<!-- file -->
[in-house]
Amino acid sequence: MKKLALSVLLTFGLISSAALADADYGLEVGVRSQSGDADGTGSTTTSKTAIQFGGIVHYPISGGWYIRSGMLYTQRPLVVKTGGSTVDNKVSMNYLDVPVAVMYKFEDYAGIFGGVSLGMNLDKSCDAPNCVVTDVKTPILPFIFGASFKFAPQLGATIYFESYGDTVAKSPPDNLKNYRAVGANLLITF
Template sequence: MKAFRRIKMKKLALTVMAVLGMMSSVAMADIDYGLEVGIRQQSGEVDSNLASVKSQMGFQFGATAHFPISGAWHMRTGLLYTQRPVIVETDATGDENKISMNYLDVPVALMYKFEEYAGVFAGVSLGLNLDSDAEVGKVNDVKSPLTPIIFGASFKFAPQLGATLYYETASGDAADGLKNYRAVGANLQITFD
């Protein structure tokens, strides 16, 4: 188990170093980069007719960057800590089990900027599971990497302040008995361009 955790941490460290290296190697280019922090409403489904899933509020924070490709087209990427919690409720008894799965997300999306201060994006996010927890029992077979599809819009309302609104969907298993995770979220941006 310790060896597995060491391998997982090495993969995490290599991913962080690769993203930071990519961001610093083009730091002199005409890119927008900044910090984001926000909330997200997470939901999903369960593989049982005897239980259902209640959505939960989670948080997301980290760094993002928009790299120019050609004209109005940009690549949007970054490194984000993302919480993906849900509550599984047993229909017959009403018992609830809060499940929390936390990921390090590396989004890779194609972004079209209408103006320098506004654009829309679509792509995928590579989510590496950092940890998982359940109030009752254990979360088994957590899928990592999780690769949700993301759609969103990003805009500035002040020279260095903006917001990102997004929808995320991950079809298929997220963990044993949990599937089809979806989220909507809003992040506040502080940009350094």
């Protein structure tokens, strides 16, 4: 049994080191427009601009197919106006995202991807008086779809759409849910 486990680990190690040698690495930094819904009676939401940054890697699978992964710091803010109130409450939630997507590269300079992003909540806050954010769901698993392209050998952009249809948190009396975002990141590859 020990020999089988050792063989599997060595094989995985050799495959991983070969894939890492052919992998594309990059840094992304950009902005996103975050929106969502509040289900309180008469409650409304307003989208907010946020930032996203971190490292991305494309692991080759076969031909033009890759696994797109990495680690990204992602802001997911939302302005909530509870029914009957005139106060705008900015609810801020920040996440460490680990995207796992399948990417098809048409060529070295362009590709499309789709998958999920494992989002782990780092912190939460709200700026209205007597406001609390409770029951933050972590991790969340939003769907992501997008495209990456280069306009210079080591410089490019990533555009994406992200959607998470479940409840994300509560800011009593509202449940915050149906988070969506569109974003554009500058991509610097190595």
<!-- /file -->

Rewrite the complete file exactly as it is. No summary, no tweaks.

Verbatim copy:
[in-house]
Amino acid sequence: MKKLALSVLLTFGLISSAALADADYGLEVGVRSQSGDADGTGSTTTSKTAIQFGGIVHYPISGGWYIRSGMLYTQRPLVVKTGGSTVDNKVSMNYLDVPVAVMYKFEDYAGIFGGVSLGMNLDKSCDAPNCVVTDVKTPILPFIFGASFKFAPQLGATIYFESYGDTVAKSPPDNLKNYRAVGANLLITF
Template sequence: MKAFRRIKMKKLALTVMAVLGMMSSVAMADIDYGLEVGIRQQSGEVDSNLASVKSQMGFQFGATAHFPISGAWHMRTGLLYTQRPVIVETDATGDENKISMNYLDVPVALMYKFEEYAGVFAGVSLGLNLDSDAEVGKVNDVKSPLTPIIFGASFKFAPQLGATLYYETASGDAADGLKNYRAVGANLQITFD
């Protein structure tokens, strides 16, 4: 188990170093980069007719960057800590089990900027599971990497302040008995361009 955790941490460290290296190697280019922090409403489904899933509020924070490709087209990427919690409720008894799965997300999306201060994006996010927890029992077979599809819009309302609104969907298993995770979220941006 310790060896597995060491391998997982090495993969995490290599991913962080690769993203930071990519961001610093083009730091002199005409890119927008900044910090984001926000909330997200997470939901999903369960593989049982005897239980259902209640959505939960989670948080997301980290760094993002928009790299120019050609004209109005940009690549949007970054490194984000993302919480993906849900509550599984047993229909017959009403018992609830809060499940929390936390990921390090590396989004890779194609972004079209209408103006320098506004654009829309679509792509995928590579989510590496950092940890998982359940109030009752254990979360088994957590899928990592999780690769949700993301759609969103990003805009500035002040020279260095903006917001990102997004929808995320991950079809298929997220963990044993949990599937089809979806989220909507809003992040506040502080940009350094």
């Protein structure tokens, strides 16, 4: 049994080191427009601009197919106006995202991807008086779809759409849910 486990680990190690040698690495930094819904009676939401940054890697699978992964710091803010109130409450939630997507590269300079992003909540806050954010769901698993392209050998952009249809948190009396975002990141590859 020990020999089988050792063989599997060595094989995985050799495959991983070969894939890492052919992998594309990059840094992304950009902005996103975050929106969502509040289900309180008469409650409304307003989208907010946020930032996203971190490292991305494309692991080759076969031909033009890759696994797109990495680690990204992602802001997911939302302005909530509870029914009957005139106060705008900015609810801020920040996440460490680990995207796992399948990417098809048409060529070295362009590709499309789709998958999920494992989002782990780092912190939460709200700026209205007597406001609390409770029951933050972590991790969340939003769907992501997008495209990456280069306009210079080591410089490019990533555009994406992200959607998470479940409840994300509560800011009593509202449940915050149906988070969506569109974003554009500058991509610097190595």